After spending a fair amount of time polishing the exterior of the intake manifold, I thought I might spend a little time on the runners. The ports didnâ€™t match the gasket real well when I started but using some abrasive rolls in the die grinder, I was able to relieve the passages to match the lines scribed in magic marker. The new manifold passages are closer to the gasket shape and location, which is a good match to the passages on the cylinder heads.
The friend who did the machine work on my engine back in the early 80s gave me an aluminum Edelbrock Streetmaster 2.0 manifold (it was off a work truck). At the time I thought it was going to be an improvement over the stock low-rise cast iron manifold and it would fit under the stock hood. This manifold was designed to produce low-end torque and to improve gas mileage, which was an issue back in the late 70s just like it is now. When I pulled the old intake off, I discovered a clue to the wimpy performance of this big block. Talk about mismatched runners. The oil splashguard must have been designed to keep the plenum cool (along with the heat passage blocking plates. Not sure if cool gas offsets the loss of a quarter of the runner cross-section.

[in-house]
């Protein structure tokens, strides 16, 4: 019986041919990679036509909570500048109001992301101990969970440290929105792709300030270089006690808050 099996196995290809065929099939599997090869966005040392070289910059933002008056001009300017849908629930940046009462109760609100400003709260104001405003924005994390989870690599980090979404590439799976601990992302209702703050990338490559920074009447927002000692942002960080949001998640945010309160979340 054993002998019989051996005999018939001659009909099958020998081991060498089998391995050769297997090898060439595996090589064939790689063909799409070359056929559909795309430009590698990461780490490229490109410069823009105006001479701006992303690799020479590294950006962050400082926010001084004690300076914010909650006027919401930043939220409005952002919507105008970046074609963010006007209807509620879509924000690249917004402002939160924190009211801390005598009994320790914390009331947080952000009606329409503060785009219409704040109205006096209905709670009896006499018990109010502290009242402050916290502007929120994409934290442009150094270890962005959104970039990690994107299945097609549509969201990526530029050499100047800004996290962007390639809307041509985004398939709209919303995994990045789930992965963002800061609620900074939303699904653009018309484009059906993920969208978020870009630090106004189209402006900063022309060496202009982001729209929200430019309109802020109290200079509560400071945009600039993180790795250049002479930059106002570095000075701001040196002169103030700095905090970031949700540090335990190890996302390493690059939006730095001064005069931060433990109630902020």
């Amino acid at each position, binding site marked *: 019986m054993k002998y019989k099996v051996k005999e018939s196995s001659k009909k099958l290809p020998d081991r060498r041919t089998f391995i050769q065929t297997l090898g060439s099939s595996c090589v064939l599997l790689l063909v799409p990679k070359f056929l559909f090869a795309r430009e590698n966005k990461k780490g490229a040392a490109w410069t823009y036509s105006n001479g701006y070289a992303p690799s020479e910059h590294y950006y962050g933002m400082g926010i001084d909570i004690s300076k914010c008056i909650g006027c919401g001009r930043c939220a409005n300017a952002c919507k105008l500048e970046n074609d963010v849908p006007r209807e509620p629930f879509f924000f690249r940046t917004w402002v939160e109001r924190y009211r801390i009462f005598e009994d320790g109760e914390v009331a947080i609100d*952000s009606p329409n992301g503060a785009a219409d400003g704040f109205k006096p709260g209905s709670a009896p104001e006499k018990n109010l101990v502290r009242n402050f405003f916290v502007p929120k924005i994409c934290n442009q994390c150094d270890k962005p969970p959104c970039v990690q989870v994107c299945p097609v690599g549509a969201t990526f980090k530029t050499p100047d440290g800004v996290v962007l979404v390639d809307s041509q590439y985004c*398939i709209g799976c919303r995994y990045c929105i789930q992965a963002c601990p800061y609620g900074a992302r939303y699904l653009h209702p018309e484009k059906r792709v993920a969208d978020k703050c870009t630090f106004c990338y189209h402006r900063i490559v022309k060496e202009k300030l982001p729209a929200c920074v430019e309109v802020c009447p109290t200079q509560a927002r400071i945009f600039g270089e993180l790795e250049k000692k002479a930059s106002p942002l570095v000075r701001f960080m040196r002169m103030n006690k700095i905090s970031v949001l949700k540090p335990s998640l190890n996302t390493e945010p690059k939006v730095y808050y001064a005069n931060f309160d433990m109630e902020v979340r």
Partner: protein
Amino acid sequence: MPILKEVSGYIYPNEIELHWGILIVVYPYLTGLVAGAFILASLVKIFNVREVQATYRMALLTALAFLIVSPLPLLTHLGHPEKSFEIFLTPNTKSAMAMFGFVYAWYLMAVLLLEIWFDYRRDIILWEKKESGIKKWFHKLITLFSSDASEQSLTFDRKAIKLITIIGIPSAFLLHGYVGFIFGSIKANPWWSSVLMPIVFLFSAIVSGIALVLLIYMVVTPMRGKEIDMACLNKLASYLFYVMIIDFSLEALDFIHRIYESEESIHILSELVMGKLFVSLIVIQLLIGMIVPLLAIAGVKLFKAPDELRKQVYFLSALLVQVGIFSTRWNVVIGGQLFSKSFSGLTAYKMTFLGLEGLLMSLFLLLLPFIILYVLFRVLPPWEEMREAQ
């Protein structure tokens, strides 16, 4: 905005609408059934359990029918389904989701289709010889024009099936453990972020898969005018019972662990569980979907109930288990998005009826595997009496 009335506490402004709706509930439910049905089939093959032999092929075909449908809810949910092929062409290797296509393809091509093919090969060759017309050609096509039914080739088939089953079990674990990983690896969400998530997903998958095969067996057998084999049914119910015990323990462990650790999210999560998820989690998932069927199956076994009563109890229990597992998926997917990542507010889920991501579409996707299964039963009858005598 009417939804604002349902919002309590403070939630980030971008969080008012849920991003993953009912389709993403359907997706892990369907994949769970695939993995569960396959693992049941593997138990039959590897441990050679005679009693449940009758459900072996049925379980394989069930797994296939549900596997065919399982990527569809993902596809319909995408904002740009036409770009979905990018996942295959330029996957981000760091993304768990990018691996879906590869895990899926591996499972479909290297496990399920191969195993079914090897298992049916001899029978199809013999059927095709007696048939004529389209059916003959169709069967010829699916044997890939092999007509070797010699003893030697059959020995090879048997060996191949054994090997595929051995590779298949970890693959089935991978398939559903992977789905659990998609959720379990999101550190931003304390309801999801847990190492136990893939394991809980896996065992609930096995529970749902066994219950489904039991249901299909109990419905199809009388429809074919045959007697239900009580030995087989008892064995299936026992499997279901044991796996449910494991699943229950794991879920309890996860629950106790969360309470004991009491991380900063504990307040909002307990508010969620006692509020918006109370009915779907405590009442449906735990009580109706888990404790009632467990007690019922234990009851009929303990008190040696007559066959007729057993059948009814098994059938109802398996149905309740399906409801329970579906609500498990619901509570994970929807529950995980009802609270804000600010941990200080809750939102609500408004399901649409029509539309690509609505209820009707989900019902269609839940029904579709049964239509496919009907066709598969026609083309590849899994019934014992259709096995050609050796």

The new Summit manifold on the left is more than 2 inches higher than the old Edelbrock. Thatâ€™s just about how much extra height the L-88 hood gives me so it shouldnâ€™t be too much of a clearance problem (yeah, right).